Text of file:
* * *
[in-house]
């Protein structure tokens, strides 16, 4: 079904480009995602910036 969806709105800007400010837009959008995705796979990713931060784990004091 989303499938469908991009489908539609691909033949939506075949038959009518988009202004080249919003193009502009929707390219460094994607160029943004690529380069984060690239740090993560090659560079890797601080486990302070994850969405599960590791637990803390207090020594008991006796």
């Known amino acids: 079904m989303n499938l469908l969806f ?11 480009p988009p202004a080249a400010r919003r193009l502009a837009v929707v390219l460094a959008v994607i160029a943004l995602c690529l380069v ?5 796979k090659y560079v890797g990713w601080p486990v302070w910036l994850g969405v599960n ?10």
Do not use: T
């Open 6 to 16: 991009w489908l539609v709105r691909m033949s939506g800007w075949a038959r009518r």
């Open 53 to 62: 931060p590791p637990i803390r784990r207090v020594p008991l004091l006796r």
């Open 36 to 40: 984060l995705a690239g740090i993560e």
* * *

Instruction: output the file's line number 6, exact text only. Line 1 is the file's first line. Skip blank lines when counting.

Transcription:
């Open 53 to 62: 931060p590791p637990i803390r784990r207090v020594p008991l004091l006796r």